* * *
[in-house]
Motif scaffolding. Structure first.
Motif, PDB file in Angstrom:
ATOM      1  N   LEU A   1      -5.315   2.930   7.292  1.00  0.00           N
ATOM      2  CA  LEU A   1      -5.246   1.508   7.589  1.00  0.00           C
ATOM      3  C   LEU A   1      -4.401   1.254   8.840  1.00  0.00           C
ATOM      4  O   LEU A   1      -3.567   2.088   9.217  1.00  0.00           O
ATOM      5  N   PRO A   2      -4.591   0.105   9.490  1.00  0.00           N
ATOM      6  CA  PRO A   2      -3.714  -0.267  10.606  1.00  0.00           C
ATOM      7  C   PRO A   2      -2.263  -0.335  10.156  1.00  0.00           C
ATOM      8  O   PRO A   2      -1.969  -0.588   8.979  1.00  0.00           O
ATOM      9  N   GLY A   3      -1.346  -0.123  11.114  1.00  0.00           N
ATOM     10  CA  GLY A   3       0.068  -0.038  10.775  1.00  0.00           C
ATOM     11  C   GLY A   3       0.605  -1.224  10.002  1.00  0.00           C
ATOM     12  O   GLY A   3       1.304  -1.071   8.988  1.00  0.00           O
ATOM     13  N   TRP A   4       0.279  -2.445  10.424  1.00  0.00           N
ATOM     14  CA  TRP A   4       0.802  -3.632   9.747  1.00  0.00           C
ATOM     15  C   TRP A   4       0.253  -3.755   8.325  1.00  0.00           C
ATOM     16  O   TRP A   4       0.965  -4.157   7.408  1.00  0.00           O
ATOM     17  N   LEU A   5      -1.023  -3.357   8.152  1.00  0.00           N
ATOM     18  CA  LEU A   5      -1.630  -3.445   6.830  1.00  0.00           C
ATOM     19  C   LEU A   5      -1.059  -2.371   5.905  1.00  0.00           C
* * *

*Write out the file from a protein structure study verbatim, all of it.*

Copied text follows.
[in-house]
Motif scaffolding. Structure first.
Motif, PDB file in Angstrom:
ATOM      1  N   LEU A   1      -5.315   2.930   7.292  1.00  0.00           N
ATOM      2  CA  LEU A   1      -5.246   1.508   7.589  1.00  0.00           C
ATOM      3  C   LEU A   1      -4.401   1.254   8.840  1.00  0.00           C
ATOM      4  O   LEU A   1      -3.567   2.088   9.217  1.00  0.00           O
ATOM      5  N   PRO A   2      -4.591   0.105   9.490  1.00  0.00           N
ATOM      6  CA  PRO A   2      -3.714  -0.267  10.606  1.00  0.00           C
ATOM      7  C   PRO A   2      -2.263  -0.335  10.156  1.00  0.00           C
ATOM      8  O   PRO A   2      -1.969  -0.588   8.979  1.00  0.00           O
ATOM      9  N   GLY A   3      -1.346  -0.123  11.114  1.00  0.00           N
ATOM     10  CA  GLY A   3       0.068  -0.038  10.775  1.00  0.00           C
ATOM     11  C   GLY A   3       0.605  -1.224  10.002  1.00  0.00           C
ATOM     12  O   GLY A   3       1.304  -1.071   8.988  1.00  0.00           O
ATOM     13  N   TRP A   4       0.279  -2.445  10.424  1.00  0.00           N
ATOM     14  CA  TRP A   4       0.802  -3.632   9.747  1.00  0.00           C
ATOM     15  C   TRP A   4       0.253  -3.755   8.325  1.00  0.00           C
ATOM     16  O   TRP A   4       0.965  -4.157   7.408  1.00  0.00           O
ATOM     17  N   LEU A   5      -1.023  -3.357   8.152  1.00  0.00           N
ATOM     18  CA  LEU A   5      -1.630  -3.445   6.830  1.00  0.00           C
ATOM     19  C   LEU A   5      -1.059  -2.371   5.905  1.00  0.00           C